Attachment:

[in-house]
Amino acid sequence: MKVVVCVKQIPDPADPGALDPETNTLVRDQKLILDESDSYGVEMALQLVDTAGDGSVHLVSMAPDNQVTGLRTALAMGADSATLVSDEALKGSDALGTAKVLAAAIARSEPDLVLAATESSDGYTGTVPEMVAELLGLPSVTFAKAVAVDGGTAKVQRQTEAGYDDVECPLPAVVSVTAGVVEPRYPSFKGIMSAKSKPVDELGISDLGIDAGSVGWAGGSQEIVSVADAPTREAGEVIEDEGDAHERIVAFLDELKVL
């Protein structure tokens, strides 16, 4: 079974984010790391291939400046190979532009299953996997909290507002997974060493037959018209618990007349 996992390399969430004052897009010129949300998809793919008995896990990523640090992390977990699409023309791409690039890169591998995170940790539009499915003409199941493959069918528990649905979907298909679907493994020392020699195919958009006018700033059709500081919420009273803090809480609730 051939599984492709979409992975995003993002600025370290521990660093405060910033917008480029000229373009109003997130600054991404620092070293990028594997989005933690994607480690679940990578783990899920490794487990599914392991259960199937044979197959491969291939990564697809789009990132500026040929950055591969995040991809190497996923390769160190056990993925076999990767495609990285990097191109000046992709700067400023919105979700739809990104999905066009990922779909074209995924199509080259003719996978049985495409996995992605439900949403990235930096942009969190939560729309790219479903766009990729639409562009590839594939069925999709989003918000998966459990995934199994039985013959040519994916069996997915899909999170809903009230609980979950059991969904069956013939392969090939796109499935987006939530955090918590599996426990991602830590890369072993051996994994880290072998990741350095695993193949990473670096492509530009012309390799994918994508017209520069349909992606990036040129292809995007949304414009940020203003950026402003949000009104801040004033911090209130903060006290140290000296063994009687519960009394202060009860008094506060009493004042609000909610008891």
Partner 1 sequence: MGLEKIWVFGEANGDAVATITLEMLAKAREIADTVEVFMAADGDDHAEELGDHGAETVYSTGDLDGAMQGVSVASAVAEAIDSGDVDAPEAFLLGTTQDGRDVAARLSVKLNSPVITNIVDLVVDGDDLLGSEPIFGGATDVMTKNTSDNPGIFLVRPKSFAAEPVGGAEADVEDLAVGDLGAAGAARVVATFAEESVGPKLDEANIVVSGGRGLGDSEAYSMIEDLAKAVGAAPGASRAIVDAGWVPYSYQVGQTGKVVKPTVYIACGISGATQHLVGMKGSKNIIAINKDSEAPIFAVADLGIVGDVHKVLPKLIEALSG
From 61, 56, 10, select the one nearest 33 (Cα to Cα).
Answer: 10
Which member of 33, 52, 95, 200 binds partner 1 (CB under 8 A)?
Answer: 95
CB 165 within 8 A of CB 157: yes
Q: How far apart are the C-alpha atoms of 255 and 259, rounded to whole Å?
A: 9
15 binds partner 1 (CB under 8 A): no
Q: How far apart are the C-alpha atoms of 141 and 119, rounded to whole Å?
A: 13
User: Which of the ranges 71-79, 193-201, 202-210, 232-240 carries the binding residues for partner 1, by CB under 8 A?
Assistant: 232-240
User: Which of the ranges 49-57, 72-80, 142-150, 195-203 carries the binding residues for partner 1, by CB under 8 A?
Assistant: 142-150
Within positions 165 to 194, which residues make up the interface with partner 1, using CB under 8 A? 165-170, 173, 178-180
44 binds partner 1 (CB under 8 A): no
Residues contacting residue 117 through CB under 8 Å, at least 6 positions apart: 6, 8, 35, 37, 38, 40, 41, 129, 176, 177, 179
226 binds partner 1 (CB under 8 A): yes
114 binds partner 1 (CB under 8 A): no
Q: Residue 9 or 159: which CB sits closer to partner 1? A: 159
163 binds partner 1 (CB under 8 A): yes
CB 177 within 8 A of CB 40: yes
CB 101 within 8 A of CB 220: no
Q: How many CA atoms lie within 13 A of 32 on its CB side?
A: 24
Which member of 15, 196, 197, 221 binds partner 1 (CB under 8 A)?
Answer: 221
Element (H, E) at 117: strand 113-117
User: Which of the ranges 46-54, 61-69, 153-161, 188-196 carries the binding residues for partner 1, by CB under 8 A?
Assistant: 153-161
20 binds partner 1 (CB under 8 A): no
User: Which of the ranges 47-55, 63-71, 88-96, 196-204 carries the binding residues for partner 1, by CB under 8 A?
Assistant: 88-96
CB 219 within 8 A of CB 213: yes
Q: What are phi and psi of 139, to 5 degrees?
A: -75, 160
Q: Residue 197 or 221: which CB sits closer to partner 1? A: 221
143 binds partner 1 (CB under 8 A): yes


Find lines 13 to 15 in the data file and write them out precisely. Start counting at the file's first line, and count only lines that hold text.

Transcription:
Q: How far apart are the C-alpha atoms of 141 and 119, rounded to whole Å?
A: 13
User: Which of the ranges 71-79, 193-201, 202-210, 232-240 carries the binding residues for partner 1, by CB under 8 A?